JAZZ THEM UP
Once the bagels are baked, here are five ideas for how to prepare them.
The Classic: You can't go wrong with lox (or smoked salmon), cream cheese and red onion. Go with 1 slice lox, 1 tablespoon cream cheese and a few slices onion for each half. Top with a tablespoon of roughly chopped fresh dill or chives.
More Cheese, Please: Treat yourself to some fancy cream cheese with your homemade bagels. Hint: It doesn't take much. Blend 2 ounces of plain cream cheese with one of the following (per one bagel): 1 tablespoon diced fresh chives and 1 teaspoon dried minced onion; 1 tablespoon honey, ¼ teaspoon vanilla, 2 tablespoons finely chopped walnuts; or 1 tablespoon pumpkin puree and 1 teaspoon cinnamon.
Butter and Herbs: Jazz up some real butter by mixing about 2 tablespoons with a combination of finely chopped fresh herbs like parsley, oregano, thyme and lemon zest.
Just Jam: One of my favorite things on an everything bagel is strawberry jam. It hits the spot for any salty-sweet craving. Use 1 tablespoon per half bagel.
PB and B: Top each bagel half with 1 tablespoon peanut butter, a drizzle of honey and a handful of thinly sliced bananas. Best on plain or salt bagels.
Bagelmaking varies from place to place. This recipe goes for the classic New York-style bagel. There is also the Montreal bagel, which differs in size (they're often larger, with a more pronounced hole) and texture (harder, chewier). They also tend to be sweeter. And what about the bialy, so often considered a sub-category of bagel? The chewy, bready flat rolls are really their own thing, usually recessed in the center instead of entirely holed out and filled with some sort of onion mixture. Bialys are also just baked, whereas bagels are boiled first. Start to finish these bagels take about 3 hours to make, so they are doable for a brunch party. Get ready for lots of "Where'd you buy those?"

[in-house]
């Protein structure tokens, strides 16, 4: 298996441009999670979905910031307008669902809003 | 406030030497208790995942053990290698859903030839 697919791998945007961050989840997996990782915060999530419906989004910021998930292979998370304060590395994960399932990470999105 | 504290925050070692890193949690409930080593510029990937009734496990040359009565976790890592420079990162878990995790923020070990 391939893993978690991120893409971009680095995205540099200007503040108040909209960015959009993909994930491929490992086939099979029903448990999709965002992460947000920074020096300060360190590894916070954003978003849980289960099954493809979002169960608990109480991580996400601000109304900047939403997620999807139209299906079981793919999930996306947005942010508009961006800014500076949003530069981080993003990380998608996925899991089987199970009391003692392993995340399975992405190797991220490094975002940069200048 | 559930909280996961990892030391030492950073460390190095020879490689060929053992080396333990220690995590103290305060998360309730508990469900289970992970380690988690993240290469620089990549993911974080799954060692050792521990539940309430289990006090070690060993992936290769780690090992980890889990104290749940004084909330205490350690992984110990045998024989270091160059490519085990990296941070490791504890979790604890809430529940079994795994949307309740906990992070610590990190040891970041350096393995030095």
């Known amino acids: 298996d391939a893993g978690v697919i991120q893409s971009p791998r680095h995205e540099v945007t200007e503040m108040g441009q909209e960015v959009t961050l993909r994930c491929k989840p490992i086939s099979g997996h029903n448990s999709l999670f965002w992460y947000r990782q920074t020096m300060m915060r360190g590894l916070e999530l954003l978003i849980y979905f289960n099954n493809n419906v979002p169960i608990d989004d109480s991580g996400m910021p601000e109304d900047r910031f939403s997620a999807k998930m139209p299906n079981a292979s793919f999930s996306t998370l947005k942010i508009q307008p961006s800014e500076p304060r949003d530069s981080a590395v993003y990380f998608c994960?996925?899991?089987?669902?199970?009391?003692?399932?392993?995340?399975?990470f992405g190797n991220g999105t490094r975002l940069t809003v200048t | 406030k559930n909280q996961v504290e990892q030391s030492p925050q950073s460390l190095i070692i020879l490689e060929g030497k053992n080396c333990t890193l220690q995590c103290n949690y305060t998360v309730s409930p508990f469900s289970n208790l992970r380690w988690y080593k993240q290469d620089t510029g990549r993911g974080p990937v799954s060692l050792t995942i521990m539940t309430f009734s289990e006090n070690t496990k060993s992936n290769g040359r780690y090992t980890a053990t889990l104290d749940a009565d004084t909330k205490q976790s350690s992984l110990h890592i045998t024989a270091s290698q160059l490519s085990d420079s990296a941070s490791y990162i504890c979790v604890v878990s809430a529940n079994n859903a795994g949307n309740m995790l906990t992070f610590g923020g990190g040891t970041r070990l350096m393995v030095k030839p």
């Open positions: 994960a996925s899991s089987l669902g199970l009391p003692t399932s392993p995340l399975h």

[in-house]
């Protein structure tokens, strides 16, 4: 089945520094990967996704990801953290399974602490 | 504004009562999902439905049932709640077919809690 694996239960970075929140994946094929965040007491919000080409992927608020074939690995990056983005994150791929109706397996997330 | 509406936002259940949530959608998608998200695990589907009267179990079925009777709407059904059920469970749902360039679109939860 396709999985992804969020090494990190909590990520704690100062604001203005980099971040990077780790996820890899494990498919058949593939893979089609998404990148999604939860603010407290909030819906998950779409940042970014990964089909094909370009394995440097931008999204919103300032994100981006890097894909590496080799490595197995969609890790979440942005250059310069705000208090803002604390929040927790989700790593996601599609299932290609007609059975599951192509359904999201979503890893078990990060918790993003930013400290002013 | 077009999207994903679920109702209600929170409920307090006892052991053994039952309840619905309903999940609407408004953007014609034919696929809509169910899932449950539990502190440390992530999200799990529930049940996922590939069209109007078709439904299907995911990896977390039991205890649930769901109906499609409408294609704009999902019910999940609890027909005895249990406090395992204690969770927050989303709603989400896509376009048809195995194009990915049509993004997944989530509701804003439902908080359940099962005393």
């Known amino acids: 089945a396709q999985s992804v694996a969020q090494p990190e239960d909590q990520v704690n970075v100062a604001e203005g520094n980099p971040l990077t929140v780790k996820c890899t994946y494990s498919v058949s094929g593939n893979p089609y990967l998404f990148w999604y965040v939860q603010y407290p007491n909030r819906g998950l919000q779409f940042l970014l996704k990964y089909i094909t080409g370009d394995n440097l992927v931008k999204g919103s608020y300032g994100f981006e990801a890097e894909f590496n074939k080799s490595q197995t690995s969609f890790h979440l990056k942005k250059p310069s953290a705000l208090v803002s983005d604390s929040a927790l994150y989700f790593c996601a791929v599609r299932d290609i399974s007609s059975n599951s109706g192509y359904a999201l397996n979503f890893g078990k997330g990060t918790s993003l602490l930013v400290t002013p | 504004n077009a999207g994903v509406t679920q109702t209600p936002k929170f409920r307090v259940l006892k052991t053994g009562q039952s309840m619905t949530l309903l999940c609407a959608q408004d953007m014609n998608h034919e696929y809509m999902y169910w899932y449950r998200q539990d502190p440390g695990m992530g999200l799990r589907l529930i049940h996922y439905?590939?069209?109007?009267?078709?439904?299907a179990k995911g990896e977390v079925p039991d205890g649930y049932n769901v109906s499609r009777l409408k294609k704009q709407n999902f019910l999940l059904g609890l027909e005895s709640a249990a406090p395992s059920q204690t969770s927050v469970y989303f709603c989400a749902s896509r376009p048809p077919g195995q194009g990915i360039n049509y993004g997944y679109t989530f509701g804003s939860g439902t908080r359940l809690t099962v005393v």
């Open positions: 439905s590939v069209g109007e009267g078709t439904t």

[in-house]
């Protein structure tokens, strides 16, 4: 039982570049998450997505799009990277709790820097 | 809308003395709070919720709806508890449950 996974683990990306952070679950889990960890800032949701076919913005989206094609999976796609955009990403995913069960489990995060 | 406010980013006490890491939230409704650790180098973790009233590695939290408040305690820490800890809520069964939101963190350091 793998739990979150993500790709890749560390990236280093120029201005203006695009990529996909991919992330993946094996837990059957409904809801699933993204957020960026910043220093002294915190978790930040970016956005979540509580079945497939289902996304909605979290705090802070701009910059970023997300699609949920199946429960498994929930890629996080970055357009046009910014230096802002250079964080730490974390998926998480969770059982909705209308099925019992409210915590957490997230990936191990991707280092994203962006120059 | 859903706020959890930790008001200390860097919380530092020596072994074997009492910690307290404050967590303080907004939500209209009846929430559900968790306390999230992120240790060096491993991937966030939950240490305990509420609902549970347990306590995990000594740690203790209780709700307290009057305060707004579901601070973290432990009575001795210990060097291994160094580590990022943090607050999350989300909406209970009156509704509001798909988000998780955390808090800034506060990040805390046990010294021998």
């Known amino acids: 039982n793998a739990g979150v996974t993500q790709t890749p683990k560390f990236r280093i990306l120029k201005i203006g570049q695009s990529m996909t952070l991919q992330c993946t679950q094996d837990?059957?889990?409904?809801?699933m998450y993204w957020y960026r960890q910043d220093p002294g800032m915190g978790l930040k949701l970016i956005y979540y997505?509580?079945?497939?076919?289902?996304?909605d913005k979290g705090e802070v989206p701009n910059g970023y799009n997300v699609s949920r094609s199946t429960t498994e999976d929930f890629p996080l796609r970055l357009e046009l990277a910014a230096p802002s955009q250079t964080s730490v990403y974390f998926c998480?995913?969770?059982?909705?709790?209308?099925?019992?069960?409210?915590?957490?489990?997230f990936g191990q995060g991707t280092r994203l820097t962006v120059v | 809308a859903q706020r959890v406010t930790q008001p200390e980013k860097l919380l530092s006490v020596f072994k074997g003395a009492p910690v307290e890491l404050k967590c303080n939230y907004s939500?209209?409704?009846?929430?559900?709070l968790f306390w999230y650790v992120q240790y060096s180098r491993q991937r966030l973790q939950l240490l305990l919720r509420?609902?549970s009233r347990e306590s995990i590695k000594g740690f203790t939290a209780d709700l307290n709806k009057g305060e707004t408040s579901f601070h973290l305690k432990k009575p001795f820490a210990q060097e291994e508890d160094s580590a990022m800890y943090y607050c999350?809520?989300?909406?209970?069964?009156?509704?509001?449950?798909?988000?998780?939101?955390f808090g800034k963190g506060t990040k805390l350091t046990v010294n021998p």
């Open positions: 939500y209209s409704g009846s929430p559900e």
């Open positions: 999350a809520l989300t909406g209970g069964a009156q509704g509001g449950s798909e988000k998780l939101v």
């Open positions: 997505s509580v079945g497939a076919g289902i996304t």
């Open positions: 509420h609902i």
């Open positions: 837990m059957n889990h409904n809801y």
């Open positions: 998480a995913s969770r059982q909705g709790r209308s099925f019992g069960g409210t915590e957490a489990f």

4 cups bread flour
1 envelope active dry yeast
2 tablespoons honey or malt syrup
4 teaspoons sugar
1 tablespoon salt
1 ½ cups warm water, about 110 degrees
1 tablespoon brown sugar (for the boiling water)
1 egg beaten with 1 teaspoon water (optional)
Add the first five ingredients to the bowl of a food processor or stand mixer and pulse until mixed, about 10 seconds. With processor running, slowly add the water; process until dough comes together and rides up over the blade, about 30 seconds. Continue processing until dough becomes satiny and elastic, about 30 seconds more.
Transfer dough to a large, lightly oiled bowl and cover tightly with plastic wrap. Let rise until doubled in bulk, about 1 hour.
After dough has risen but before you divide and shape it, prepare your water bath: Add the brown sugar to 6 quarts of water over high heat and let it come to a boil as you continue with the following steps. Preheat the oven to 400 degrees.
After dough has doubled in bulk, turn it out onto a lightly floured work surface and press down with your fingers to expel the gases. Divide dough into 10-12 equal portions.
Ball a portion of dough, then roll it into a "rope" about 7 inches long and about 1 inch thick. (Place any dough you're not working with under a damp towel to prevent drying.)
Wrap the dough around the back of your hand, overlapping the ends in your palm. Place your hand, along with the dough, palm-down on the work surface and roll dough back and forth until ends crimp and seal together. Place dough ring under a span of plastic wrap or the same damp towel while you repeat rope-and-loop process with remaining dough portions.
You can brush a little water on the ends to help them stick, if desired.
Allow bagels to rise again for 10 minutes. At this point, your brown sugar-water should be boiling. Use a skimmer or slotted spoon to carefully add bagels, one at a time, to the water. (Note: No more than three in the pot at a time.) Bagels should sink but then rise again after a few seconds. Simmer for 1 minute, flipping bagels at the 30-second mark.
Remove bagels from water with skimmer or slotted spoon to a clean kitchen towel. Pat dry.
Now is the time to add toppings. Place bagels on wire cooling rack set over a rimmed baking sheet or simply on parchment paper. Brush bagel tops with egg-water mixture. Shake on desired toppings. (See suggestions below.)
The baking sheet will collect excess dry toppings (such as sesame or poppy seeds). Simply pour them back into their containers for reuse.
Place bagels on prepared baking sheet. Bake until light brown and shiny, 15 to 20 minutes. Flip, and bake until reverse side is golden-brown and shiny, about 10 minutes more.
Source: Adapted from Bernard Clayton's Complete Book of Breads